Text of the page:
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Trying To Get Down – Again

  • Visits

There’s no feeling quite like walking in the footsteps of heroes and, though next year’s Rugby World Cup will be played on French soil, simply being here at England’s Fortress Twickenham with fellow Molesiders for our August club expedition got our levels of excitemement rising. 

We’re all used to ending visits like this by ‘Exiting through the Gift Shop’ but fans like us know that Rugby is an unusual game in many respects and this is where we got to start our visit here.  Organised by Philip Schofield, it certainly got us in the mood for investigating the rest of what was all around us. 

What we were granted was a priviledged insight into what goes on here to maintain the traditions of the oval ball in a very different world from the one 181years ago when an over enthusiastic school boy picked up a ball he was only supposed to be kicking and ran away with it.

We got the chance to try out the front row seats – the ones reserved on match days for wheelchairs. 


Looking back most of us could claim appearances on a pitch at some time in our school or later careers but Nick Cowan trumped us all when he remembered his time serving in the Fleet Air Arm and experiencing the pressures of a hooker playing in the front row of an inter services scrum.

And we could all manage to climb into the seats in the box where royalty is welcomed to share the excitement.

But it was the pitch that proved to be the centre piece of our early interest as we all marvelled at its magical patterning – the secret is to have a roller we were assured – and thought about the quality of the sward at a time when our precious lawns at home are suffering cruelly.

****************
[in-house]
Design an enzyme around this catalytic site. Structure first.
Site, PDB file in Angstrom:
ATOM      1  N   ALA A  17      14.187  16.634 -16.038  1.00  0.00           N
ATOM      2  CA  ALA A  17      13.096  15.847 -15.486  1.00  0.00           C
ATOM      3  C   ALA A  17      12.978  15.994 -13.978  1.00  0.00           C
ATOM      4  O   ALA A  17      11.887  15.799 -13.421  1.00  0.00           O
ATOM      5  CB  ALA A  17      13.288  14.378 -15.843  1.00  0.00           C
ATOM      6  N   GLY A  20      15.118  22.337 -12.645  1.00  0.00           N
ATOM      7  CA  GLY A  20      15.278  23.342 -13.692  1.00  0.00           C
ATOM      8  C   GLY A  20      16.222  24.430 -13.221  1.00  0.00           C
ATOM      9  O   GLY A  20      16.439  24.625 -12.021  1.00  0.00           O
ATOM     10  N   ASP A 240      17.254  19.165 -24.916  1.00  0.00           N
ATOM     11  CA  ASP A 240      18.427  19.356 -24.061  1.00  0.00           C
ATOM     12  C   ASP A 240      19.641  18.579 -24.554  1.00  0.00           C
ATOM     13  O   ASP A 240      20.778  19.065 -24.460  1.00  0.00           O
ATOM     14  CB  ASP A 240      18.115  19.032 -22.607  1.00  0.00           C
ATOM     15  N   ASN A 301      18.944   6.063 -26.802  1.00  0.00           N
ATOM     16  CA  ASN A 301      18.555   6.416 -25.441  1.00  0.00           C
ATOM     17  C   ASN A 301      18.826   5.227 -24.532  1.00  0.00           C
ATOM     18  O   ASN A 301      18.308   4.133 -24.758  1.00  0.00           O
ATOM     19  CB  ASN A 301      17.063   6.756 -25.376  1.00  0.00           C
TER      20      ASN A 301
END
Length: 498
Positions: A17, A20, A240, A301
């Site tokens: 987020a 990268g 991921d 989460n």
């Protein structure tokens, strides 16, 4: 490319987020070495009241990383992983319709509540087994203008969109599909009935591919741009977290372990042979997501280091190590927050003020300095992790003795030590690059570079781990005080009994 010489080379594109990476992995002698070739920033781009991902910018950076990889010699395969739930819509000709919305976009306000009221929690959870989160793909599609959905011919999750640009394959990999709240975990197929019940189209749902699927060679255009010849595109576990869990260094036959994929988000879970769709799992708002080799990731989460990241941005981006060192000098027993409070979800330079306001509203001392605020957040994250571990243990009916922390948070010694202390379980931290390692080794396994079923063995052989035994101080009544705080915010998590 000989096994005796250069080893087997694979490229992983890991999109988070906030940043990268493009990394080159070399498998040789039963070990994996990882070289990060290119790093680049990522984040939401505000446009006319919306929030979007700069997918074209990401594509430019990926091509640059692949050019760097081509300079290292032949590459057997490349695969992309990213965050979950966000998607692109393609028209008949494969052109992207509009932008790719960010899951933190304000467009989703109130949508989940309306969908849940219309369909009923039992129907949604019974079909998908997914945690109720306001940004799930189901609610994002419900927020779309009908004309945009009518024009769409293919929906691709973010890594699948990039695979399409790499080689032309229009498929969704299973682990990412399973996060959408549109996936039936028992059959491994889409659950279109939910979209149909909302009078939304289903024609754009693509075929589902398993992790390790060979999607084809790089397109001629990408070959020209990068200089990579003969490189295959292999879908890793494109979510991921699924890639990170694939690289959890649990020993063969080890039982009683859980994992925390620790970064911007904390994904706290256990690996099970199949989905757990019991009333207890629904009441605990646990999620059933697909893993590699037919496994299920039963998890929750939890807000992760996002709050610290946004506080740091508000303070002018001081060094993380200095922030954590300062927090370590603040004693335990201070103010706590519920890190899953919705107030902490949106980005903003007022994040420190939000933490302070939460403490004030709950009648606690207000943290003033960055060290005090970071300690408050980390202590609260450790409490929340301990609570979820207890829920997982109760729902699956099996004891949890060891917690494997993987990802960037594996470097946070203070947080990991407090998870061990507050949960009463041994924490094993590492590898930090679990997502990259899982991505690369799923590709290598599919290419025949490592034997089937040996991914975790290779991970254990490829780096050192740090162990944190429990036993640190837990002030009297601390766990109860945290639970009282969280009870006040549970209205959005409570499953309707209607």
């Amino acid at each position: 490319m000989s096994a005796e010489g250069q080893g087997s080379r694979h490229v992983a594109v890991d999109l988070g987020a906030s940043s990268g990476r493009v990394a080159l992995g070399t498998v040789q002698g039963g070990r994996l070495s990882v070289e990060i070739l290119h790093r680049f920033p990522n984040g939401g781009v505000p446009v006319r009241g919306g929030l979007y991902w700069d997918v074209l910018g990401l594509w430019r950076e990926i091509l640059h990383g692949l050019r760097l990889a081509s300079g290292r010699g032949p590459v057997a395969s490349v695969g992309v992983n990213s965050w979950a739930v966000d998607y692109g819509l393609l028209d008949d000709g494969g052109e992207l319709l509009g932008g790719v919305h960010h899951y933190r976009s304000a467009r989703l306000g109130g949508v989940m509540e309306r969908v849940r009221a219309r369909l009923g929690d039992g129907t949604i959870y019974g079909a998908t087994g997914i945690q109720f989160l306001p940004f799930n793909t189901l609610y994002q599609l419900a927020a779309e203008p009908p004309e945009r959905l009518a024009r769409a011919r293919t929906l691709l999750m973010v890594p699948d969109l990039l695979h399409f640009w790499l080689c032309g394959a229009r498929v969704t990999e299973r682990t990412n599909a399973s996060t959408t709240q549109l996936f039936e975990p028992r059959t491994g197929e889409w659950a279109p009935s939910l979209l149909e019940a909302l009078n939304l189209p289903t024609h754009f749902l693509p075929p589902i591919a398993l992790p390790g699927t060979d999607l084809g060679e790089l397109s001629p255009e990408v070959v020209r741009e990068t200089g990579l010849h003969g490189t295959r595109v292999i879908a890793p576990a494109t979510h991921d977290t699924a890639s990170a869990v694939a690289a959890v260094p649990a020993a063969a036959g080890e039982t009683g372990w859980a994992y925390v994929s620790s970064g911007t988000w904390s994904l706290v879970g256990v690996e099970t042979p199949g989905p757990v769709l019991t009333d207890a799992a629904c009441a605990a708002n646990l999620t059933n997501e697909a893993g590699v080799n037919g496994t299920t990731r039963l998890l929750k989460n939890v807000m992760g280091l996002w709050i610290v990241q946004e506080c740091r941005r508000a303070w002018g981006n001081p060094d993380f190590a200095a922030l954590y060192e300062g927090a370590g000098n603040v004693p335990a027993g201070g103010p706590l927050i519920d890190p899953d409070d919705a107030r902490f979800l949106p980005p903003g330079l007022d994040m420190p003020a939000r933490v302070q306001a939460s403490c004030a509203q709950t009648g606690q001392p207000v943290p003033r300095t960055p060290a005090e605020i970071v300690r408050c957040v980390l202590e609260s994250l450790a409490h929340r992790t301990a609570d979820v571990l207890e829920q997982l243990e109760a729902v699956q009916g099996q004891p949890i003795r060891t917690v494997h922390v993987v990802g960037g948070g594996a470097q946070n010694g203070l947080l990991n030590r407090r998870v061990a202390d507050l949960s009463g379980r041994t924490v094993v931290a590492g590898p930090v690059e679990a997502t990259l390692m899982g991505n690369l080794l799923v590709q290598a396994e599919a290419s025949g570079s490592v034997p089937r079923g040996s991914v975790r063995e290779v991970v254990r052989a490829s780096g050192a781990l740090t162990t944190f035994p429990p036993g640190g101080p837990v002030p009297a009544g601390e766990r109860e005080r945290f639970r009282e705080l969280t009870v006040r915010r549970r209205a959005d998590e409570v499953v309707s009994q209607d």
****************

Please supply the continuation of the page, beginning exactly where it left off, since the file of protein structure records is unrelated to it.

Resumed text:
We learnt that there is some plastic integrated with genuine turf seeds here but that it stays buried amongst the grass’s roots to give support to each tuft at least a metre down in the carefully prepared growing medium.

One of the pitch side sprinklers – no hose pipe ban here yet – was getting attention from a member of the grounds team who explained that the playing surface sometimes requires more than one cut a day to keep it perfect for rugby in the 21st century. 

In the RFU’s inner sanctum we were shown the Victorian masterpiece that showed how the game was played back then – and got a chance to think about how it generated excitement sufficient to make it a game enjoyed today all over the world.  

We now know why the annual England – Scotland match  is for the Calcutta Cup – and we were able to sense again the thrill when England won the World Cup all those years ago in 2003.

Could 2023 in France produce a similiar end result?  

The climax of our skillfully choreographed visit was a chance to imagine what it must feel like to sit in the individual changing room seats assigned to members of a match squad, each place carrying the names of the greats who have also sat here waiting for the moment to play for their country.

When the World Cup is contested here in 2025 it will be our women carrying the English hopes.  Rugby is for ever broadening its appeal and we still have much to look forward to. 

Our thanks to Philip Schofield for arranging a most informative and enjoyable club Visit, and to David Owen, Ian Seifert and John Brice for their help with the photos.

For reports on other recent Moleside Visits click the Tags below.